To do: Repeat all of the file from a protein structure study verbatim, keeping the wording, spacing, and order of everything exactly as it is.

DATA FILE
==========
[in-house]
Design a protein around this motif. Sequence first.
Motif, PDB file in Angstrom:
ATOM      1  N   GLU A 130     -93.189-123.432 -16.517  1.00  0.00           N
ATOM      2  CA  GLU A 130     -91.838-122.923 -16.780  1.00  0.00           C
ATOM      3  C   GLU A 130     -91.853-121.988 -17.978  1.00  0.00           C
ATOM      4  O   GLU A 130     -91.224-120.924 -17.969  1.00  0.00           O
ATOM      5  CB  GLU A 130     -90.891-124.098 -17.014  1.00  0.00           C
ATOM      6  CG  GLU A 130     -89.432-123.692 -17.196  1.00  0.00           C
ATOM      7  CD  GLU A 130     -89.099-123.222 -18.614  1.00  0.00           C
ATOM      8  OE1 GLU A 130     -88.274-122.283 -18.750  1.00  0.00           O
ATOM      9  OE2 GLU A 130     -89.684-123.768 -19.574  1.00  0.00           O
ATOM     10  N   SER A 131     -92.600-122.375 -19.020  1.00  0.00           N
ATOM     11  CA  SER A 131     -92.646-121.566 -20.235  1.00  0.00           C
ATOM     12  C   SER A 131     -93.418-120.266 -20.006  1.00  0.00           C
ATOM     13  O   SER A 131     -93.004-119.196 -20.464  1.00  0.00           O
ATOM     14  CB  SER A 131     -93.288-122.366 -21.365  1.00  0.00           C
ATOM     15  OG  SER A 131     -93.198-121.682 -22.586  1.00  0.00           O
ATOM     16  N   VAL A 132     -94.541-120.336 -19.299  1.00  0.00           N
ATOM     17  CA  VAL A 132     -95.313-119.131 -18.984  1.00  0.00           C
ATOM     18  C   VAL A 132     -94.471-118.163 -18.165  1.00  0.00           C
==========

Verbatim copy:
[in-house]
Design a protein around this motif. Sequence first.
Motif, PDB file in Angstrom:
ATOM      1  N   GLU A 130     -93.189-123.432 -16.517  1.00  0.00           N
ATOM      2  CA  GLU A 130     -91.838-122.923 -16.780  1.00  0.00           C
ATOM      3  C   GLU A 130     -91.853-121.988 -17.978  1.00  0.00           C
ATOM      4  O   GLU A 130     -91.224-120.924 -17.969  1.00  0.00           O
ATOM      5  CB  GLU A 130     -90.891-124.098 -17.014  1.00  0.00           C
ATOM      6  CG  GLU A 130     -89.432-123.692 -17.196  1.00  0.00           C
ATOM      7  CD  GLU A 130     -89.099-123.222 -18.614  1.00  0.00           C
ATOM      8  OE1 GLU A 130     -88.274-122.283 -18.750  1.00  0.00           O
ATOM      9  OE2 GLU A 130     -89.684-123.768 -19.574  1.00  0.00           O
ATOM     10  N   SER A 131     -92.600-122.375 -19.020  1.00  0.00           N
ATOM     11  CA  SER A 131     -92.646-121.566 -20.235  1.00  0.00           C
ATOM     12  C   SER A 131     -93.418-120.266 -20.006  1.00  0.00           C
ATOM     13  O   SER A 131     -93.004-119.196 -20.464  1.00  0.00           O
ATOM     14  CB  SER A 131     -93.288-122.366 -21.365  1.00  0.00           C
ATOM     15  OG  SER A 131     -93.198-121.682 -22.586  1.00  0.00           O
ATOM     16  N   VAL A 132     -94.541-120.336 -19.299  1.00  0.00           N
ATOM     17  CA  VAL A 132     -95.313-119.131 -18.984  1.00  0.00           C
ATOM     18  C   VAL A 132     -94.471-118.163 -18.165  1.00  0.00           C